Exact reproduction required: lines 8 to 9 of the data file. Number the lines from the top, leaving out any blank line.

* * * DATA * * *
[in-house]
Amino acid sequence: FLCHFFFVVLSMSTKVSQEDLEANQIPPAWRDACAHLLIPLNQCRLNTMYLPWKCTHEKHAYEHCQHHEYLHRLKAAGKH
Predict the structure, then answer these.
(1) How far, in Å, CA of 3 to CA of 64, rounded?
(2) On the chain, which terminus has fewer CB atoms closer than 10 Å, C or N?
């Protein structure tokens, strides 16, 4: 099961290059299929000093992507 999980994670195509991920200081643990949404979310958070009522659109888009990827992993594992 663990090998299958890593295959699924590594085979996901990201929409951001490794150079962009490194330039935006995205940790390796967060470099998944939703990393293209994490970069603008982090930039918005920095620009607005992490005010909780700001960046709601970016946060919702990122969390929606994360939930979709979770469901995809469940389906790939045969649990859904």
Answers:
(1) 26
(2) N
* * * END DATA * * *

(1) 26
(2) N